Christmas was my daughter’s favorite holiday and she planned for it all year. But she didn’t have much money and there were times when she relied on the local food bank. If money was such a problem, how could she afford to buy Christmas gifts? Little by little, year by year, I learned the answer to this question. 

She put her talents and intelligence to work and made gifts – fragrant apple pies, plants grown from cuttings, and needlework items. She also bought gifts from flea markets and thrift stores. On Christmas morning, when she walked in the back door loaded down with presents, joy radiated from her face. 

I wish I could get that excited about the holiday, but I cannot. Maybe it is because I have celebrated so many Christmases and miss my daughter. If I am honest with myself, I know I have a sense of poignancy. My daughter is gone forever; I am alive. 

How do my husband and I get through Christmas? Five years have passed since my daughter died from the injuries she received in a car crash. During these passing years, I have learned how to handle the rush of the holidays and the flood of emotions I feel.

First, we contribute to the Salvation Army. We know our daughter shopped in its store, respect the organization’s mission, and the work it does. Like last year, we’re ringing bells for the Salvation Army at a red kettle location in a grocery store. At this time of year, it is freezing in Minnesota and the kettles are often indoors. 

Second, we focus our attention on our daughter’s twins, our grandchildren, who live with us and turn 21 in February. As we wait for them to come home from college our excitement builds. Our granddaughter looks so much like her mother it startles us. Our grandson thinks like his mother, who eventually became a composite engineer, and he cuts through problems like a knife cutting through butter. 

Third, we foster our grandchildren’s dreams. Because our grandchildren are really adults, we do not get involved in their decisions, and offer advice only when asked. We were surprised to learn our grandson will be spending the second semester of his junior year in Argentina. We were equally surprised to learn our granddaughter will be spending May in Thailand, teaching English to students.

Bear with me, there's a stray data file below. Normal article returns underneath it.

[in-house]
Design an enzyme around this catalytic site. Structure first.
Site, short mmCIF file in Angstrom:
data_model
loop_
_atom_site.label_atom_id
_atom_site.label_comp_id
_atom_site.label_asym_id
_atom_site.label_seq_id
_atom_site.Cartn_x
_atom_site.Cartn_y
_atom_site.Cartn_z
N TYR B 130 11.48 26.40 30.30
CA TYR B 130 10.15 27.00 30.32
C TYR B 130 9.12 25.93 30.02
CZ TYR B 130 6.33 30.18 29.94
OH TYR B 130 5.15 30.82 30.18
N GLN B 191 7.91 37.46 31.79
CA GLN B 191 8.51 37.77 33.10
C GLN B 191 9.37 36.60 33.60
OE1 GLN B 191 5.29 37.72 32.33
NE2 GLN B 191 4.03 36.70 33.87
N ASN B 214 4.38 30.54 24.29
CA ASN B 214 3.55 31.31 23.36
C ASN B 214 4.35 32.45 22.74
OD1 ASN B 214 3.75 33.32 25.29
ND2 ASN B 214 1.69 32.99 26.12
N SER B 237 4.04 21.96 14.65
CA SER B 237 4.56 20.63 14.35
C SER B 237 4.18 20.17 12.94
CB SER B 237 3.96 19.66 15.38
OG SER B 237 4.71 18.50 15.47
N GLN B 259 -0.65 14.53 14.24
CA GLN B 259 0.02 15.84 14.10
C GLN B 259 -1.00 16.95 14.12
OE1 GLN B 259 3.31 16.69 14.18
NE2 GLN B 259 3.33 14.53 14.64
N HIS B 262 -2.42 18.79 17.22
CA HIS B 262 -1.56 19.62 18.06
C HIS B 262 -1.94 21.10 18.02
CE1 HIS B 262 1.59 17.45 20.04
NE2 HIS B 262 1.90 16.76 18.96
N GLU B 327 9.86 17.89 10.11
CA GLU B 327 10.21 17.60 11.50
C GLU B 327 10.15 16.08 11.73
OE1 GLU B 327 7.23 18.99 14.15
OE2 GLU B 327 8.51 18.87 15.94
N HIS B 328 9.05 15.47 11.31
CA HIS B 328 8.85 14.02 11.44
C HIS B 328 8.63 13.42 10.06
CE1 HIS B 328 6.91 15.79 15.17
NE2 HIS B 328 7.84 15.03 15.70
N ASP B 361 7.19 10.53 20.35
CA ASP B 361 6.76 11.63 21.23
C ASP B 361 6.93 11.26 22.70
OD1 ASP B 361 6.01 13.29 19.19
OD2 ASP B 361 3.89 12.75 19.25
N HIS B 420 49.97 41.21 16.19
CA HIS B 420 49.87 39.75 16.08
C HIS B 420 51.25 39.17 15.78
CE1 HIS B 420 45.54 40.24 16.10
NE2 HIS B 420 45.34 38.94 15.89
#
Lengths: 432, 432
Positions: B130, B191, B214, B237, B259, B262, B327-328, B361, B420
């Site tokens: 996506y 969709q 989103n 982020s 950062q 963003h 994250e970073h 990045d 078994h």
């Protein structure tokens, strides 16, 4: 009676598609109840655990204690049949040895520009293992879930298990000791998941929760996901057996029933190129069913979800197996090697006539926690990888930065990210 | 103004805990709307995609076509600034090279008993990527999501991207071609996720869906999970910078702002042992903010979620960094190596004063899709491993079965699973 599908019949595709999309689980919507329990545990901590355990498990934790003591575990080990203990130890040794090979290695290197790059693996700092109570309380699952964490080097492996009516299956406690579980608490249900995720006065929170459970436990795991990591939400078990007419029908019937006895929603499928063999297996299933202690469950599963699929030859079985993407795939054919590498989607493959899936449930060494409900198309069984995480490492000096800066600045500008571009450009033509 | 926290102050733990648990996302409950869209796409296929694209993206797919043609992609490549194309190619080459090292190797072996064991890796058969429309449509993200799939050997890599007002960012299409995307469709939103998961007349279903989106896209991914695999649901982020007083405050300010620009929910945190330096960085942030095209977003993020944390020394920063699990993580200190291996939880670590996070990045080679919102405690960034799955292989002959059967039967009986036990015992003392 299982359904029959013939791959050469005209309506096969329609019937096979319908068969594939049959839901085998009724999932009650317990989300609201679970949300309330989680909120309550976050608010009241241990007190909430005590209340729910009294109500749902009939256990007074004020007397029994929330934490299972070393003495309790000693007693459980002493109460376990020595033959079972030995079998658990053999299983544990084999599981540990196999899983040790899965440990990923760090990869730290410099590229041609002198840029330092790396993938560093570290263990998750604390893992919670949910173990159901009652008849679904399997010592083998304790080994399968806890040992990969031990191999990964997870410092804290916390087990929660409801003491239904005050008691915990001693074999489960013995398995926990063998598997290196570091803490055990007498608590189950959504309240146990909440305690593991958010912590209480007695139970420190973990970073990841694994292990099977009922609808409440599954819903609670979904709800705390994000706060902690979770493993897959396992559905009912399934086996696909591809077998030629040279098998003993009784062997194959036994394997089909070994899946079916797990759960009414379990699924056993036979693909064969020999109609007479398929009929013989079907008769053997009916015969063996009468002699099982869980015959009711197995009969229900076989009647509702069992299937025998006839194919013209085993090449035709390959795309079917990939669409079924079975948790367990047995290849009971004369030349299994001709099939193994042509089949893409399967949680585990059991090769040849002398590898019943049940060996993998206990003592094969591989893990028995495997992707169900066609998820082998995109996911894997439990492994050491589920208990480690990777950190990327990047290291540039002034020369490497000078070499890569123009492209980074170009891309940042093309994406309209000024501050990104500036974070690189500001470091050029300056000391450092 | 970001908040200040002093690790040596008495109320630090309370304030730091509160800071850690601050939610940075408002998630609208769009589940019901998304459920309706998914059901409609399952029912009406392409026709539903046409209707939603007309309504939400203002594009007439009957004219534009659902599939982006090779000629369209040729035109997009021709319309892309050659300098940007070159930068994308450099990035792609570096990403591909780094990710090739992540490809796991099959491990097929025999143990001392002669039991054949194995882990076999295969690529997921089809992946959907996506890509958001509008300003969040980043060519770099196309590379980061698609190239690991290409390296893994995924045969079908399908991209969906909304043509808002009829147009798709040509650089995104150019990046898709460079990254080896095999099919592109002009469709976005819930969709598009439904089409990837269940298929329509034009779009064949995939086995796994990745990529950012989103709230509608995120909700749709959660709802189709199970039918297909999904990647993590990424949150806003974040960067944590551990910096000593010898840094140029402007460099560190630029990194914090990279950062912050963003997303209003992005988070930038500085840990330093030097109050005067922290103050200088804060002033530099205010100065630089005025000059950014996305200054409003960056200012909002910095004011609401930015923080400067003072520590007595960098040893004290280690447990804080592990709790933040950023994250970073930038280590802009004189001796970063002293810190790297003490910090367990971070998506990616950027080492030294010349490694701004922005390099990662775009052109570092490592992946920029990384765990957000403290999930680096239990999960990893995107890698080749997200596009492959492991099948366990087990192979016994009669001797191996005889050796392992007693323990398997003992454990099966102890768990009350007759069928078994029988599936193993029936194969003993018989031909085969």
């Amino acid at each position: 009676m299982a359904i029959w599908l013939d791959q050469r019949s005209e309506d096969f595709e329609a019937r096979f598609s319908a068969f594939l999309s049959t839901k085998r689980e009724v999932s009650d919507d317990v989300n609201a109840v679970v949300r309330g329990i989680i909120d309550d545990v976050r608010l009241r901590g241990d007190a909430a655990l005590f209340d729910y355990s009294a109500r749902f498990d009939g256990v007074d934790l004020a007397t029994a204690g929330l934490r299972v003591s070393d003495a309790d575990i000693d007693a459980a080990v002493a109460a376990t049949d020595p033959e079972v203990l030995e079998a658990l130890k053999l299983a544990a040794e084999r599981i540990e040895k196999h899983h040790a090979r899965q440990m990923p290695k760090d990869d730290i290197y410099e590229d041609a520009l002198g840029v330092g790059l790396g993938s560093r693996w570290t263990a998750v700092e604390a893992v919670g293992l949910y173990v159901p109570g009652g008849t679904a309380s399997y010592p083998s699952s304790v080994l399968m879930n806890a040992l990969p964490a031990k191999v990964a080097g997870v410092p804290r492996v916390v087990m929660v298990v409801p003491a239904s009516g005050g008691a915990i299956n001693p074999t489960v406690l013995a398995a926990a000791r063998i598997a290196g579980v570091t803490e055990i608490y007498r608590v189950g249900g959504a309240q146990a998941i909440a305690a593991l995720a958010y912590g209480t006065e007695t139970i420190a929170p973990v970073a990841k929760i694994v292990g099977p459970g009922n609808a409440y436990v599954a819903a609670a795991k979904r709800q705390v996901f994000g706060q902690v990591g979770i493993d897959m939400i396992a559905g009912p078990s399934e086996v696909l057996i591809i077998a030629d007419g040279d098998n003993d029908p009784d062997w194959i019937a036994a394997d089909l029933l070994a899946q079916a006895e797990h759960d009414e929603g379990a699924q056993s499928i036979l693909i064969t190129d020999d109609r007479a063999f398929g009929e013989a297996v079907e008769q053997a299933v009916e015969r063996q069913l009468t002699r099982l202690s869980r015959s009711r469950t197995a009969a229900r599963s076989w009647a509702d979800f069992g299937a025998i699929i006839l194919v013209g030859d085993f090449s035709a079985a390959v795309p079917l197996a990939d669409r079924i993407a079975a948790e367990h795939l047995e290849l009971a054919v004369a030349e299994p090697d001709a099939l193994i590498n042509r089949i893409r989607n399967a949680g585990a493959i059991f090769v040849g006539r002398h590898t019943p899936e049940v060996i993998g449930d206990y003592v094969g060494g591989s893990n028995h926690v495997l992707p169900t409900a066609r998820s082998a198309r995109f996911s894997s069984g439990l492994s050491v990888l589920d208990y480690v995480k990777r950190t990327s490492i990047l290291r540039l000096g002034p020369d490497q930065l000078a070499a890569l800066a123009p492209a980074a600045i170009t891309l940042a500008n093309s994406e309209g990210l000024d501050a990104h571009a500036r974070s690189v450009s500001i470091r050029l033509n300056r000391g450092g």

Sure, we could wring our hands and worry, but we don’t. Instead, we support their decisions and cheer them on. We focus on our life mission, helping the twins get the education they need, set life goals, and pursue them. 

Fourth, we embrace new traditions. Most of our relatives have moved to Wisconsin and for the last two years we celebrated Christmas with them. Being surrounded by noisy family members, the people who loved and supported us when tragedy struck, is comforting and puts “merry” into the greeting, “Merry Christmas!” This Christmas, as with all the Christmases that have passed since our daughter died, we renew our pledge: “Helen, we love you, love your children, and will not fail you.” Our daughter’s spirit lives on in Christmas and in her children, the children we love and treasure so much.

Harriet Hodgson 2012


Harriet Hodgson

Harriet Hodgson has been a freelancer for 38 years, is the author of 36 books, and thousands of print/Internet articles. She is a member of the Association of Health Care Journalists, Minnesota Coalition for Grief Education and Support, and Grief Coalition of Southeastern Minnesota. In 2007 four of her family members died—her daughter (mother of her twin grandchildren), father-in-law, brother (and only sibling), and the twins’ father. Multiple losses shifted the focus of Hodgson’s work from general health to grief resolution and recovery, and she is the author of eight grief resources. Hodgson has appeared on more than 185 radio talk shows, including CBS Radio, dozens of blog talk radio programs, and dozens of television stations, including CNN. In addition to writing for Open to Hope, Hodgson is a contributing writer for The Grief Toolbox website, and The Caregiver Space website. A popular speaker, she has given presentations at public health, Alzheimer’s, hospice, grief, and caregiving conferences. Hodgson’s work is cited in Who’s Who of American Women, World Who’s Who of Women, Contemporary Authors, and other directories. For more information about this busy wife, grandmother, author and family caregiver, please visit

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